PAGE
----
10. Maeve Carney

    Silkworm, then you didn’t read or understand the preceding two paragraphs. The use of Islam was an illustration of a present example of the past that Orwell knew of.

  11. Charles

    Orwell was far enough ahead of his time that the words he coined ‘newspeak’, ‘thoughtpolice’ and ‘doublethink’ entered the lexicon. Guess he just saw through the machinations of the MSM/ruling elite of the day & clearly framed their deceptive agenda in a format that struck a chord with readers.

    Orwell (1949) – “Big Brother is Watching You”
    CIA (2017) – ‘Yeh we know, good morning smartphone, hello smart TV’

    If Orwell were alive today, would he search for all the solutions to all the problems in the modern world or would he realise that the only solution worth knowing is called happiness, and that that is without a cause, being as it is a natural state once effort to seek it ceases?

  12. jimhaz

    Two Minutes Hate

    “The Two Minutes Hate, from George Orwell’s novel Nineteen Eighty-Four, is a daily period in which Party members of the society of Oceania must watch a film depicting the Party’s enemies (notably Emmanuel Goldstein and his followers) and express their hatred for them for exactly two minutes”

    “The horrible thing about the Two Minutes Hate was not that one was obliged to act a part, but that it was impossible to avoid joining in. Within thirty seconds any pretence was always unnecessary. A hideous ecstasy of fear and vindictiveness, a desire to kill, to torture, to smash faces in with a sledge hammer, seemed to flow through the whole group of people like an electric current, turning one even against one’s will into a grimacing, screaming lunatic. And yet the rage that one felt was an abstract, undirected emotion which could be switched from one object to another like the flame of a blowlamp”

    For me the internet is creating this.

  13. auntyuta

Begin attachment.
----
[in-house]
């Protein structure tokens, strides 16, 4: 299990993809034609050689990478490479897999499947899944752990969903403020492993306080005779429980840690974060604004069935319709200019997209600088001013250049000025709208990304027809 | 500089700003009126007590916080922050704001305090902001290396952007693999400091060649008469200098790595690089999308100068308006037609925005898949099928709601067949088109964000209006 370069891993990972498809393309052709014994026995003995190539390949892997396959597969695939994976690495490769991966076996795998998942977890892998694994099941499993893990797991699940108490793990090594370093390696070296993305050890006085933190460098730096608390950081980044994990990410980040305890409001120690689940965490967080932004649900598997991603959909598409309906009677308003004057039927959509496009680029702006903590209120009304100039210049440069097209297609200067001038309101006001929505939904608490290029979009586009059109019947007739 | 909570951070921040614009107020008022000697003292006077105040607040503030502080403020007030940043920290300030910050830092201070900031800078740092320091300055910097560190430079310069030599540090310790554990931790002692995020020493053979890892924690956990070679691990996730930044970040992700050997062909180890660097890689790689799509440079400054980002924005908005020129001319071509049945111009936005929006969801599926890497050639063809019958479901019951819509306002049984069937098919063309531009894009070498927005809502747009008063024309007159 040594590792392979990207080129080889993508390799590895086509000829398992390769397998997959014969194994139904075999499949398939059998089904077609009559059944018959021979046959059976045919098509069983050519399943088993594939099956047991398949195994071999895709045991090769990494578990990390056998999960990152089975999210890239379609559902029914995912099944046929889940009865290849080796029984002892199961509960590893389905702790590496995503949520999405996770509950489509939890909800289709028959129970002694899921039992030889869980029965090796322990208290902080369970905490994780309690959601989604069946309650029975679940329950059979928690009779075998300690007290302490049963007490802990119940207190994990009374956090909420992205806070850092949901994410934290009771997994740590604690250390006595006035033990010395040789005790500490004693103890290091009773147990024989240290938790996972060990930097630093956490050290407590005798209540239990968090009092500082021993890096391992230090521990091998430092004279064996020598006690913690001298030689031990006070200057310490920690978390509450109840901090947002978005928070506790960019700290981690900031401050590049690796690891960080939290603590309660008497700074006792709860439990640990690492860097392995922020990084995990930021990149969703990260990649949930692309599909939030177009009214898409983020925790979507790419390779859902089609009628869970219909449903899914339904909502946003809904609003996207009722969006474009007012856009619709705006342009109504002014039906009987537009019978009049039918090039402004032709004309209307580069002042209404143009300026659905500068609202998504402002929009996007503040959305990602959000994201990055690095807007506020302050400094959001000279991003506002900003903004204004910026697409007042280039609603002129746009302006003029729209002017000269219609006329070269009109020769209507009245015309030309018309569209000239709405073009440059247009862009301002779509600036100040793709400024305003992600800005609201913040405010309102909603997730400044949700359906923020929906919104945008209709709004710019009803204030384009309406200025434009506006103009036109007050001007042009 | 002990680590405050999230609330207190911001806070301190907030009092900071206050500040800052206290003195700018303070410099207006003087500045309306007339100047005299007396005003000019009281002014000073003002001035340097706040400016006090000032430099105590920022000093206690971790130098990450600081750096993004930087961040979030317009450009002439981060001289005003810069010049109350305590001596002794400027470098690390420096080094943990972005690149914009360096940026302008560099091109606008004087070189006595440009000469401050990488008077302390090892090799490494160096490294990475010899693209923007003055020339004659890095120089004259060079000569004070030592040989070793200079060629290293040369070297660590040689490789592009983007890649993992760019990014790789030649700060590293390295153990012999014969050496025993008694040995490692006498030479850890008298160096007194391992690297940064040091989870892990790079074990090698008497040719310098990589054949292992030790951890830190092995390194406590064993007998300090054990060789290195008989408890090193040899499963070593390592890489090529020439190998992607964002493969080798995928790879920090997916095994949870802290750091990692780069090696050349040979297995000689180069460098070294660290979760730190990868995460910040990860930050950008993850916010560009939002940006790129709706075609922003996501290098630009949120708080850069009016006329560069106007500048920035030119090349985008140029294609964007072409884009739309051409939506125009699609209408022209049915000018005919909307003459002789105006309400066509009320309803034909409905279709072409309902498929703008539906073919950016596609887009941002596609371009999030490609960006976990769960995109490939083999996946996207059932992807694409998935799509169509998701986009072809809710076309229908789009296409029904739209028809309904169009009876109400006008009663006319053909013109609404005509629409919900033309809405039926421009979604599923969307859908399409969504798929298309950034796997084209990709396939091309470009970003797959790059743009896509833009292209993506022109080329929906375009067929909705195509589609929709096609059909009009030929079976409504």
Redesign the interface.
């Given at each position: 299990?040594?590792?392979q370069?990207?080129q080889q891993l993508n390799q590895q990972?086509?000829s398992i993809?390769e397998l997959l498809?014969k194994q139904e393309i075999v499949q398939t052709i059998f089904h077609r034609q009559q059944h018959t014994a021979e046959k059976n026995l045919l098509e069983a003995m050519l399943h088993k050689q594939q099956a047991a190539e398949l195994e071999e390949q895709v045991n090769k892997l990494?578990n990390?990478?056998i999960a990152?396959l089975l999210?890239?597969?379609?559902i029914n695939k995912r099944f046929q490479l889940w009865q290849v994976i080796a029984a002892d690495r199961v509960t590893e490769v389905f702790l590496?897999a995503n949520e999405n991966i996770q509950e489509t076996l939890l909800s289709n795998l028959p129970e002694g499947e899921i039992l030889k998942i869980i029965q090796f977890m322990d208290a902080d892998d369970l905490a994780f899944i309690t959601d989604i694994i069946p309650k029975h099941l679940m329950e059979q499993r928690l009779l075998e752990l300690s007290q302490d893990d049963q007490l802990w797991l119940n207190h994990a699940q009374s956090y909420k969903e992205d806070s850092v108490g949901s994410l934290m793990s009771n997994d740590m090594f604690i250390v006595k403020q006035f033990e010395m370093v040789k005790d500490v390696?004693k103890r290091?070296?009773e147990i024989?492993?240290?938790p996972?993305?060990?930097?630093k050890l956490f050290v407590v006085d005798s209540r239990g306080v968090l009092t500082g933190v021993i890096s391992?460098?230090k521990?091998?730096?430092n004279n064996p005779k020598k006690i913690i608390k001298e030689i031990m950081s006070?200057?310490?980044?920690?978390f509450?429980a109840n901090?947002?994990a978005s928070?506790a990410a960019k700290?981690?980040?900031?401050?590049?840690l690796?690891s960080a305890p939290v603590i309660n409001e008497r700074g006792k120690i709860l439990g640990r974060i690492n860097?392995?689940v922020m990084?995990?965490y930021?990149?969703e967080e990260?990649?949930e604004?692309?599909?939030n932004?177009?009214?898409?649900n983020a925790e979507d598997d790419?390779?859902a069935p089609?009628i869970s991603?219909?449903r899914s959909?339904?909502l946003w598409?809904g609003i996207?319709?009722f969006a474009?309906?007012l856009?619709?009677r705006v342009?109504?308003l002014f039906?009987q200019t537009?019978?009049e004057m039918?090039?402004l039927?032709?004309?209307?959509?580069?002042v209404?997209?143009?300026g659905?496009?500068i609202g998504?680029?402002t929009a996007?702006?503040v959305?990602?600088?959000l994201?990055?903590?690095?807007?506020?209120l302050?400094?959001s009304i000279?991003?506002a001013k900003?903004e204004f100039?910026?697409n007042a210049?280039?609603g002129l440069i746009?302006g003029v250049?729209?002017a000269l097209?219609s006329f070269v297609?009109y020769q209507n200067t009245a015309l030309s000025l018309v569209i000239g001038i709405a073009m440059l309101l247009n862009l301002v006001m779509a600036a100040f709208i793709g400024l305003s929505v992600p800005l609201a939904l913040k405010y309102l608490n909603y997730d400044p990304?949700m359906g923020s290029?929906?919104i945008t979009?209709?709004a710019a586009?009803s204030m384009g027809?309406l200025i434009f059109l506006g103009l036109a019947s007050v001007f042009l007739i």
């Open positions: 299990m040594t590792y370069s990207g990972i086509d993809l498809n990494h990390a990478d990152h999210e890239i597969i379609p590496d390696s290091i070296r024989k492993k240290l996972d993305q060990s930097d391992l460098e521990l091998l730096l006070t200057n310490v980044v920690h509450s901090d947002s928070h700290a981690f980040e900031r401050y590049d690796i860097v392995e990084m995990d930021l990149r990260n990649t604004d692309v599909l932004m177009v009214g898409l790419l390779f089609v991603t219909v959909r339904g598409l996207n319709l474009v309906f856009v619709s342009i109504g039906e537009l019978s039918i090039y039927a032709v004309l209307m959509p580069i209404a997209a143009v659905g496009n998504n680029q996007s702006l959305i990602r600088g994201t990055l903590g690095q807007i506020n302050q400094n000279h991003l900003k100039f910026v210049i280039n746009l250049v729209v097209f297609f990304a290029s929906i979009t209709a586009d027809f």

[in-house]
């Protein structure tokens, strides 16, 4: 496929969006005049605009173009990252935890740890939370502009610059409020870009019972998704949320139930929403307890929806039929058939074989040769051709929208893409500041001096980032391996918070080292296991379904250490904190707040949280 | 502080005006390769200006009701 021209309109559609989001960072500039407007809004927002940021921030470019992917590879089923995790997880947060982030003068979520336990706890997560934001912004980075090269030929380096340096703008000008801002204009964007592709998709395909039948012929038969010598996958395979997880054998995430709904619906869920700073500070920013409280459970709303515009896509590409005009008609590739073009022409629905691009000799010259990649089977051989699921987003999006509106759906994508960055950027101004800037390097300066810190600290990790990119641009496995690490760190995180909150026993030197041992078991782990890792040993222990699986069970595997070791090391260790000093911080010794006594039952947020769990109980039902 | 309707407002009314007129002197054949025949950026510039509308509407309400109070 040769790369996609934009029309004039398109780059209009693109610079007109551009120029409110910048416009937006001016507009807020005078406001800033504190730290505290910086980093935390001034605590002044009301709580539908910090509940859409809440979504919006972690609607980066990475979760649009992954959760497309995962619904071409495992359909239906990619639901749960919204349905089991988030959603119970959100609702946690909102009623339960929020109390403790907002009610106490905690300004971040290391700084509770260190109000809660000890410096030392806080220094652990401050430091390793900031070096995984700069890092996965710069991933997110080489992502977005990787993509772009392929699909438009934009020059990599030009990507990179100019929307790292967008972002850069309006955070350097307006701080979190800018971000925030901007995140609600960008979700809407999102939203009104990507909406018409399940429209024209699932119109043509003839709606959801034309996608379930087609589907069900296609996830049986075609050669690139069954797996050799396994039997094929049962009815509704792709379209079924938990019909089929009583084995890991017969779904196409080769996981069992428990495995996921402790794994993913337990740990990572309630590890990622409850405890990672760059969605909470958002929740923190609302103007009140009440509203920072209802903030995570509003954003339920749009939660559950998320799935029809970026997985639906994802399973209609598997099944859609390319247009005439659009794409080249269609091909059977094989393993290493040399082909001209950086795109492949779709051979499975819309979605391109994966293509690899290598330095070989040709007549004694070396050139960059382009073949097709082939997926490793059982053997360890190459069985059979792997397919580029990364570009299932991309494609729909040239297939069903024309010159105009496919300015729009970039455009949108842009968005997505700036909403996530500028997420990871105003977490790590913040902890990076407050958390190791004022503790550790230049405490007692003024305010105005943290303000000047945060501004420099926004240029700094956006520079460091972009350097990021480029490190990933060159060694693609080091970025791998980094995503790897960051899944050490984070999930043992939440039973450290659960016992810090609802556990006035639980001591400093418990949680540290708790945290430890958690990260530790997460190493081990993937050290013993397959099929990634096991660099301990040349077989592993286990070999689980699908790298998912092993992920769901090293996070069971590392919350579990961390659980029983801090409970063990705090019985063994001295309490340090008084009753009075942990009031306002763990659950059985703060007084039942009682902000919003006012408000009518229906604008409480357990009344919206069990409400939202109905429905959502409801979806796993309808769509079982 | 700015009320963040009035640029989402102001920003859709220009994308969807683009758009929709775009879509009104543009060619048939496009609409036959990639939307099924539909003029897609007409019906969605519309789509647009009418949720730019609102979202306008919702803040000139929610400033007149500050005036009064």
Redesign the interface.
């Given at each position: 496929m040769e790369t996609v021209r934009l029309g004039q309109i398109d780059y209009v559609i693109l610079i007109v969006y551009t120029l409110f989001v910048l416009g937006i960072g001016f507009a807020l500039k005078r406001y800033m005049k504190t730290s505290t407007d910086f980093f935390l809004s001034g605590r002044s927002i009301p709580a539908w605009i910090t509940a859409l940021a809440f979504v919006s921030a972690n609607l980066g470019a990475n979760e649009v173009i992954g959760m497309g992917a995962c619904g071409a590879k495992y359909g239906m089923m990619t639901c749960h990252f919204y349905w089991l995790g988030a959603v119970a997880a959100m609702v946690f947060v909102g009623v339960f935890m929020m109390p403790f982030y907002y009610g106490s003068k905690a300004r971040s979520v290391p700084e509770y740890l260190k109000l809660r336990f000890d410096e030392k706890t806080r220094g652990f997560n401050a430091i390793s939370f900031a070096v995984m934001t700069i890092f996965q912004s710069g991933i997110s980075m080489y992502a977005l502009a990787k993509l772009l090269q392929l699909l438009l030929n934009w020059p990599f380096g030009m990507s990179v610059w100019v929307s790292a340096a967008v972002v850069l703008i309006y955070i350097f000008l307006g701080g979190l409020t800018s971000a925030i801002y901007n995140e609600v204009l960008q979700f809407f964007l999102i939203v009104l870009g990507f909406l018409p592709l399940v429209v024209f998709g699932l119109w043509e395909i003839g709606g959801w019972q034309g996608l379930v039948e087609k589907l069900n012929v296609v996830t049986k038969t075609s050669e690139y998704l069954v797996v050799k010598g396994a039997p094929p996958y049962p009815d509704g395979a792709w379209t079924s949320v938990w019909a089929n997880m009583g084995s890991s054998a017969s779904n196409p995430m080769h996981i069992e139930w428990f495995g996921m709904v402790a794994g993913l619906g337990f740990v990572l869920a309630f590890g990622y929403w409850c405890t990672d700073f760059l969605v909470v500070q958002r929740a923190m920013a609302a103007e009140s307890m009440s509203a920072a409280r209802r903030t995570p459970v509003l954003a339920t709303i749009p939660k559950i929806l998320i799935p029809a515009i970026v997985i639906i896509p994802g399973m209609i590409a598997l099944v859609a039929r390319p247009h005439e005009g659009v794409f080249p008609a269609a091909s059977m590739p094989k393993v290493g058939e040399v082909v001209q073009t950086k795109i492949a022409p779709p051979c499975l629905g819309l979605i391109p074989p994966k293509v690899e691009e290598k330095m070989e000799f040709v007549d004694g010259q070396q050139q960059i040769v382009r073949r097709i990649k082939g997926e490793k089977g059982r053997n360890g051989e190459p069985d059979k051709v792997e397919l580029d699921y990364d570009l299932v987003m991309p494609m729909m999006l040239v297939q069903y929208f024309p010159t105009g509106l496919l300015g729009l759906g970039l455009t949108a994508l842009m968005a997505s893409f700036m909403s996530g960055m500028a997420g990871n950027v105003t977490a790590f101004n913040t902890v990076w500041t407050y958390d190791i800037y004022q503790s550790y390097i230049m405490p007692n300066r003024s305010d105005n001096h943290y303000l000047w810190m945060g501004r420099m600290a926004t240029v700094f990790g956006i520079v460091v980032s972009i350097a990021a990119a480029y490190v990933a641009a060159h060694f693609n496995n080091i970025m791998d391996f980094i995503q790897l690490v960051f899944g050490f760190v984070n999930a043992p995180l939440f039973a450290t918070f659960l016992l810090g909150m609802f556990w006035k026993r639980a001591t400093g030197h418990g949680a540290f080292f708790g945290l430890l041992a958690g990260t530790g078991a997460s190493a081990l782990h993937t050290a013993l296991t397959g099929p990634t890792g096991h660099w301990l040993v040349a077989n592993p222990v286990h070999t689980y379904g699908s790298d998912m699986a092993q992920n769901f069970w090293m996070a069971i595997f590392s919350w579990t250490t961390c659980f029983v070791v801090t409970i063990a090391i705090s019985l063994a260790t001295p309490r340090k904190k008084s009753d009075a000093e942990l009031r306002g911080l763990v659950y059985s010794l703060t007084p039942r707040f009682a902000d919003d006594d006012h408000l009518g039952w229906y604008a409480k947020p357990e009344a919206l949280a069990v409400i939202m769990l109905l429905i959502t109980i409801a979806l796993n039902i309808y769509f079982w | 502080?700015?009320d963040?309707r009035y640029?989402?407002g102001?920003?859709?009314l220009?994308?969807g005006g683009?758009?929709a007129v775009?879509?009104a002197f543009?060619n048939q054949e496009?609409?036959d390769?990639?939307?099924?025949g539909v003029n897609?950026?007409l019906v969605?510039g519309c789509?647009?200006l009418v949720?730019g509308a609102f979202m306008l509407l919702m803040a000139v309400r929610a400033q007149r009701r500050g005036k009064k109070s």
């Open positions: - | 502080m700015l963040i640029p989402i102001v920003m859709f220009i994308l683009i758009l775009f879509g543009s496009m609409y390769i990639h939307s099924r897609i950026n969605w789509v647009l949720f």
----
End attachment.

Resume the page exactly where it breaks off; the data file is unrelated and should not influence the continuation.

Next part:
“It seems likely Orwell would have disagreed both with the hatred for the almost entirely peaceful followers of the faith, and those who shut down criticism of the faith itself.”
    “measured discussion of the religion”
    “genuine xenophobia”
    In my experience “xenophobia”, that is a fear of foreigners or strangers seems to be widespread. It may lead to hatred of everything that is foreign or not well understood. If someone tries for instance to have a”measured discussion” about something that is foreign, that person may be seen by some people as a ‘lover’ of that what is so very foreign . . .
    Eloquent Orwell points out that even intelligent may fail to be able to see things truly objectively.
    “A truly objective approach is almost impossible, because in one form or another almost everyone is a nationalist…The most intelligent people seem capable of holding schizophrenic beliefs, or disregarding plain facts, or evading serious questions with debating-society repartees, or swallowing baseless rumours and of looking on indifferently while history is falsified.”
    As far as I am concerned, I cannot understand how intelligent people can be made to repeat obvious lies and in the end claim to believe in that what is a lie. Sure, sometimes it is not all that clear, what is the truth and what is a lie. But then there are what are most definitely lies, and still people can be made to believe them! How come?